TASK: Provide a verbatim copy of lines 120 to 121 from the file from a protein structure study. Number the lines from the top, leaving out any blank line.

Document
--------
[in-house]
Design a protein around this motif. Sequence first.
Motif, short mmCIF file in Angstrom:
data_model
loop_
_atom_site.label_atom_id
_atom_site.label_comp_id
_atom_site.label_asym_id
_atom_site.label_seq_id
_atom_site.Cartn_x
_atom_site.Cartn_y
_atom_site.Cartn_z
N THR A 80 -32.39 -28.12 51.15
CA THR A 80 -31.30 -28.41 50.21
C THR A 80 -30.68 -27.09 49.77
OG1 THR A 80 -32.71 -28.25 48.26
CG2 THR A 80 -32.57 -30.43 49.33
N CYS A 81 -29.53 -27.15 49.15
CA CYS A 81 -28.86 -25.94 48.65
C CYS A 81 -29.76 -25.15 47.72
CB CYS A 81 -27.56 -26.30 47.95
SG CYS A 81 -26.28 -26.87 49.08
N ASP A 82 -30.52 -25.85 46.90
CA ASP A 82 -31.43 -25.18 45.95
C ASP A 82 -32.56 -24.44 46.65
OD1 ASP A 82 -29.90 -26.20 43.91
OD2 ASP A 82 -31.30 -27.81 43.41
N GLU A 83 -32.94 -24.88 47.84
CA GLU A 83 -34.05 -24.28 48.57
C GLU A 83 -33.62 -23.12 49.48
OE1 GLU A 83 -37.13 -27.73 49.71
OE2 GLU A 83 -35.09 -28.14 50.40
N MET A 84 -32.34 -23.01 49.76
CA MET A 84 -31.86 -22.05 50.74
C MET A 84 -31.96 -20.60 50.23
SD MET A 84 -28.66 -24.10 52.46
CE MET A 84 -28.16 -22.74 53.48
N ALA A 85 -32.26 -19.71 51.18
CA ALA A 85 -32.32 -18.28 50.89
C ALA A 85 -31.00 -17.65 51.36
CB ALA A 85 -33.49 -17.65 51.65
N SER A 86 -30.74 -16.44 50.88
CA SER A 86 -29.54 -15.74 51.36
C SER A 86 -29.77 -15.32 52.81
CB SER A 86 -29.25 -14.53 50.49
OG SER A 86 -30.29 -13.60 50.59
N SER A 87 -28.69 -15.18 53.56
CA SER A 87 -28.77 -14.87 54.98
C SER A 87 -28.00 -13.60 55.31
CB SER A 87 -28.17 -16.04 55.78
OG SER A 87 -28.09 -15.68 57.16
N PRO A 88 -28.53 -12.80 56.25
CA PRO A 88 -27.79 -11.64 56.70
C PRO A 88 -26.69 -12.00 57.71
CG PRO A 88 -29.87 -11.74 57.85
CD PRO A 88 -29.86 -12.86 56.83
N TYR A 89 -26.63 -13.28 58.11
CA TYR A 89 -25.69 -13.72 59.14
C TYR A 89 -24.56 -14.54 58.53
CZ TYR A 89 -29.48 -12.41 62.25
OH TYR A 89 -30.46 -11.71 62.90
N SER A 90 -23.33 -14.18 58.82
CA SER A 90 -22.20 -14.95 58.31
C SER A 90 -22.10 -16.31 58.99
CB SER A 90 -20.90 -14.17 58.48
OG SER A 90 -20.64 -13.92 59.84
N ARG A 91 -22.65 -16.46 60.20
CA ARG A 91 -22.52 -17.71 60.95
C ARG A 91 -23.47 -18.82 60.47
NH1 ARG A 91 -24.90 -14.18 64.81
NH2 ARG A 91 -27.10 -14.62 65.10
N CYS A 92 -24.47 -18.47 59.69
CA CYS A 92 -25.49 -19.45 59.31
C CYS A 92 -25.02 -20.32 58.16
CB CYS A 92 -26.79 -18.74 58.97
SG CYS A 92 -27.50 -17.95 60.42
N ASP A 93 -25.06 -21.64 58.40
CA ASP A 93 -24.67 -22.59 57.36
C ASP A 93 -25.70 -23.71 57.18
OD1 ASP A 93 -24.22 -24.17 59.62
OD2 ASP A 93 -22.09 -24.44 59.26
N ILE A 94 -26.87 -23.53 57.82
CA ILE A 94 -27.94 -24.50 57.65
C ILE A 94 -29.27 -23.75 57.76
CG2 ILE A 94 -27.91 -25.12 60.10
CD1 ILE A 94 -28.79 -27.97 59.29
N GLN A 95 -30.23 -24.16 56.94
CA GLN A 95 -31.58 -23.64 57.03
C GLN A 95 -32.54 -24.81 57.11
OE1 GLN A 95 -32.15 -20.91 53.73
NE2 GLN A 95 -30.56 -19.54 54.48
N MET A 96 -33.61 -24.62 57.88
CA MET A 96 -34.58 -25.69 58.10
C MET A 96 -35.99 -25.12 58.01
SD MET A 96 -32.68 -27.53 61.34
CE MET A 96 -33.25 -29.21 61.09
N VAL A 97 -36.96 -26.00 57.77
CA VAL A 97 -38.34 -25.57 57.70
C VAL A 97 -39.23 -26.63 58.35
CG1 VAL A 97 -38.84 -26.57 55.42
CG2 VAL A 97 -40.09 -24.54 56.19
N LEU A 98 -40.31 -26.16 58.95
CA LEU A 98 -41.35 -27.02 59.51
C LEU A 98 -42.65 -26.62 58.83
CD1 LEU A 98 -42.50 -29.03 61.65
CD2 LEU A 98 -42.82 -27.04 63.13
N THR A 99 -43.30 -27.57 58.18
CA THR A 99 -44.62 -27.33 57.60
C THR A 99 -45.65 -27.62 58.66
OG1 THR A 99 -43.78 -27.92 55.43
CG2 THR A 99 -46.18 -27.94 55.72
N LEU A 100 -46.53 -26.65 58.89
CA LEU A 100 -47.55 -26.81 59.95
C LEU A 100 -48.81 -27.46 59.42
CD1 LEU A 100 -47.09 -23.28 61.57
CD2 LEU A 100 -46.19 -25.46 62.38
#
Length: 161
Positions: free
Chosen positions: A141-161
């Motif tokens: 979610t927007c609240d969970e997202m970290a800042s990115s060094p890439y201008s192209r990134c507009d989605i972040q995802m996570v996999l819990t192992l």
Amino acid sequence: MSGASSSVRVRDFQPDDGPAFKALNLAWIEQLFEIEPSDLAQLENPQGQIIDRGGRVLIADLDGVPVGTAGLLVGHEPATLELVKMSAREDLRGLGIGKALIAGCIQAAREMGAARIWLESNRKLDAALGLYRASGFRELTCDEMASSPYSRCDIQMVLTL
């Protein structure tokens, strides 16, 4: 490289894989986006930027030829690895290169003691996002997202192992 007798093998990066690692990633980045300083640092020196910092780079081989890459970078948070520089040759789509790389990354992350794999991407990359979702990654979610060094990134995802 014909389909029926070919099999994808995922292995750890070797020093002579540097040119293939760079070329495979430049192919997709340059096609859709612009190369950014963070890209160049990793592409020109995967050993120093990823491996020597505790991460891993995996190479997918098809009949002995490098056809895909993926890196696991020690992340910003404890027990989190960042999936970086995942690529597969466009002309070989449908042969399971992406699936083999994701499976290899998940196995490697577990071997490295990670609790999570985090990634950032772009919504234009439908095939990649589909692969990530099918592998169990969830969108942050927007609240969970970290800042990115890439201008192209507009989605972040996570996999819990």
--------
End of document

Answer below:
Chosen positions: A141-161
């Motif tokens: 979610t927007c609240d969970e997202m970290a800042s990115s060094p890439y201008s192209r990134c507009d989605i972040q995802m996570v996999l819990t192992l």